Rules on How to Eat “Kushikatsu”
This post is also available in 日本語
“Kushikatsu”, like Okonomiyaki and Takoyaki is famous food from Osaka. You can find many “kushikatsu” restaurants here and there in the streets of Osaka. The price is cheap and it can be eaten on a casual basis, but there are several things you need to be aware of in terms of how to eat it and the etiquette involved. On this occasion, we would like to explain to you the general etiquette and recommended restaurants in Osaka.
Three forms of etiquette you should be aware of
Typically, the rules when eating “Kushikatsu” will be explained within the restaurant. These are often written in English as well, so check these before ordering. Some general rules are as follows.
Prohibition on double-dipping in the sauce
You eat “kushikatsu” by dipping it in sauce. There are restaurants where you will have your own sauce plate, but typically you will share sauce in a container with another customer. Dipping your “kushikatsu” in sauce before eating is not a problem, but dipping half-eaten “kushikatsu” in sauce is a problem from a hygiene point of view. For this reason, there is a rule that you must not dip your half-eaten “kushikatsu” back in the sauce. If you want to replenish the sauce on a half-eaten “kushikatsu”, scoop up the sauce using cabbage like a spoon, and place it on the “kushikatsu”.
Eat cabbage with your hand
Typically, chopped cabbage is provided free of charge. You can use this for attaching sauce to your half-eaten kushikatsu or for eating as a side dish. If you use your chopsticks at this time, there will be a hygiene issue. When applying sauce to the cabbage, do not use your chopsticks but take the cabbage to the sauce with your hands. This is not really etiquette, but avoid just eating free cabbage. There are cases when there is a rule that “if you eat less those five “kushikatsu” per person or the bill is less than 800 yen before tax per person, a charge will be made for the cabbage”.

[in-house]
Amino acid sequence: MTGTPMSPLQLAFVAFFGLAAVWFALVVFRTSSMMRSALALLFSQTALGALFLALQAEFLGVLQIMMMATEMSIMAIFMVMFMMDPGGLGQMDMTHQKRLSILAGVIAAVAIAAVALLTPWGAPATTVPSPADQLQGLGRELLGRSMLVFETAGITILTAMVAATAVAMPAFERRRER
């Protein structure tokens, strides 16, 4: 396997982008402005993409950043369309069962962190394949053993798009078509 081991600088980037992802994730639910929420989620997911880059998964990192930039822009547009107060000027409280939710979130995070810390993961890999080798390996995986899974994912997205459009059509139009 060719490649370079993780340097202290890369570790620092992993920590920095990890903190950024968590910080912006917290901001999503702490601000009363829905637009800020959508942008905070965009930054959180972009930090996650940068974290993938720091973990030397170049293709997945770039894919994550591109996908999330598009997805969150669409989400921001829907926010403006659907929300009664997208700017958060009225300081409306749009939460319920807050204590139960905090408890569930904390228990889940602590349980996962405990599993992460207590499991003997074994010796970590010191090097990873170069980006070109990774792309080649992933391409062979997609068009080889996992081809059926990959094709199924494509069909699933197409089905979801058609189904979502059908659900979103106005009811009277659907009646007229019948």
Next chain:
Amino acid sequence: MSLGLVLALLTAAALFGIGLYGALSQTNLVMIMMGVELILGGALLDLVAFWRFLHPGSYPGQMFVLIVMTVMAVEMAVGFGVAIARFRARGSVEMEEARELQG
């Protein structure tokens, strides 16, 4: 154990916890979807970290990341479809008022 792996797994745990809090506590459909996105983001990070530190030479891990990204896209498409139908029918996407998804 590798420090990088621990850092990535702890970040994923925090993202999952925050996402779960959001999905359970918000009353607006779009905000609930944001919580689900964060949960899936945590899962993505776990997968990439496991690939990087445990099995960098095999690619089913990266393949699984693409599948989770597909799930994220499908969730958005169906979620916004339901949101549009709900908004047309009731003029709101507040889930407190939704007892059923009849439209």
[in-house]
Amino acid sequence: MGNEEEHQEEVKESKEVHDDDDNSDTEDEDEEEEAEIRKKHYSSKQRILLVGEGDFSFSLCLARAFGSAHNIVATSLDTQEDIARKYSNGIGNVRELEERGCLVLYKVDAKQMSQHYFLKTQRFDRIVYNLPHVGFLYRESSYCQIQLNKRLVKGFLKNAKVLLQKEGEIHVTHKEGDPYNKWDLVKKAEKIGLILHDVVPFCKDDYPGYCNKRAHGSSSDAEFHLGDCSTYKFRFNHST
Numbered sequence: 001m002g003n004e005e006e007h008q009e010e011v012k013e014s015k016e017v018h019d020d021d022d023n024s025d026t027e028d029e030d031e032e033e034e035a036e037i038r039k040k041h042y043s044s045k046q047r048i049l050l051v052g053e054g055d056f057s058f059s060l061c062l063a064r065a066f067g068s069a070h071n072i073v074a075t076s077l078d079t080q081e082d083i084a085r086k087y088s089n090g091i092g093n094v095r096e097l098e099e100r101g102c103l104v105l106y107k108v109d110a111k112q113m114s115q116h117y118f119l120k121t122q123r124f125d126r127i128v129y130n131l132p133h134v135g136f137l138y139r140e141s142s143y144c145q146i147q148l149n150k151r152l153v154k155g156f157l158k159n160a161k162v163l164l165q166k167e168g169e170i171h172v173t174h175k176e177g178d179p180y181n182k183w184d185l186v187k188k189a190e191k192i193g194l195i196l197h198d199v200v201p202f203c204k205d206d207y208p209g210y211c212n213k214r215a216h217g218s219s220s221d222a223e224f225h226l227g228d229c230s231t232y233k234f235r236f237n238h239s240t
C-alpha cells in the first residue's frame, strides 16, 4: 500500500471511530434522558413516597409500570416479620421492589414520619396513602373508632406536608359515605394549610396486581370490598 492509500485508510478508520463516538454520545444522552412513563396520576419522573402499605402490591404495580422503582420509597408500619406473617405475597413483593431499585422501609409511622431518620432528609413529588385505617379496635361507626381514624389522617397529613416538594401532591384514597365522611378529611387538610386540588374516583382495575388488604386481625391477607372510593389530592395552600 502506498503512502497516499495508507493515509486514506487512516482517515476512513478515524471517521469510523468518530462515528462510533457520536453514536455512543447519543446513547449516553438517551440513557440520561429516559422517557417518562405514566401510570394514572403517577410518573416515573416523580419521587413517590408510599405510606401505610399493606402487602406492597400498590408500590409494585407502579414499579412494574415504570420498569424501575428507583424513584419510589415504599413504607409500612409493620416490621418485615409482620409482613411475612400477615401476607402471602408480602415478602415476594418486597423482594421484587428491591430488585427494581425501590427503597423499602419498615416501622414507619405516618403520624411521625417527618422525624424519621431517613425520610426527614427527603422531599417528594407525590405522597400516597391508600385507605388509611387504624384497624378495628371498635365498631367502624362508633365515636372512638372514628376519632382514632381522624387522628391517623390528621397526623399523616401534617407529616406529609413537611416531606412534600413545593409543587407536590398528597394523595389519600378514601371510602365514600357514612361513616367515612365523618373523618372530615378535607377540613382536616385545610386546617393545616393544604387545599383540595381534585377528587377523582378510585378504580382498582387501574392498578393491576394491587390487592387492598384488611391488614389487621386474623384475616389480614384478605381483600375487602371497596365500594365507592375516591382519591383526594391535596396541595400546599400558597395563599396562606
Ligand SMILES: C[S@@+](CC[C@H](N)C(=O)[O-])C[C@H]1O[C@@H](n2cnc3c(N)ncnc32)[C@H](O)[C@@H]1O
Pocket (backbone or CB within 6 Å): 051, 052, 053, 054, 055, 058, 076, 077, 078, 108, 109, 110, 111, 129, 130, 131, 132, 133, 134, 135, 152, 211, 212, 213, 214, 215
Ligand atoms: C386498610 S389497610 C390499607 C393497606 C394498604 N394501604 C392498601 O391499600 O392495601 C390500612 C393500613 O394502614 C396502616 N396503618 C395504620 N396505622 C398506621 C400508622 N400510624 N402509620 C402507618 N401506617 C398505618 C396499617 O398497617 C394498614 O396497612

Put the sticks in the “kushiire” after you have finished eating
Normally, there will be a cylindrical container known as a “kushiire” on the table. If there is no “kushiire” on the table, gather them together on a plate. Some restaurants charge based on the number of used sticks.
The street from “Dobutsukoenmae” station on the Osaka Metro Midosuji line/Sakaisuji line to Tsutenkaku is known as the “Shinsekai”. In Shinsekai, you can experience the feel of ancient olden Osaka. There are said to be 70-80 “kushikatsu” stores in Shinsekai.
Osaka Shinsekai Ganso Kushikatsu Daruma
This is a store founded in 1929, and is the most famous “kushikatsu” chain in Osaka. It has its main branch in Shinsekai, and 14 branches in the business district of Osaka, as well as branches in Tokyo Ginza and the Philippines. It also has a branch within the Shinkansen area of Shin-Osaka station, and this is an area you can feel at home visiting casually. The outer layer is crispy and not oily, so this would be recommended for those who are not so keen on fried food. There an extremely large number of menu items, so if you get stuck, you can always choose a set menu. This is a popular store with long lines, so make sure you check in advance.
Yokozuna is a famous “kushikatsu” chain. In addition to its main store in Shinsekai, it has around 10 stores in the Osaka business district. The outer layer of the “kushikatsu” is plump, and you eat it by dipping it in a somewhat sweet sauce. Additionally, the name of the store is “Yokozuna”, which is the highest rank in Sumo wrestling, and the menu items with a huge volume not belying that name are really popular. There are large plates such as fried Takoyaki for 8 people and fried chicken for 10 people. You can also eat a hearty “Chanko-nabe” (traditional stew eaten daily by the wrestlers) in a mortar. There is “zashiki”-style seating, and there is an “eat-as-much-as-you-like” course and banquet course. There is also an English menu available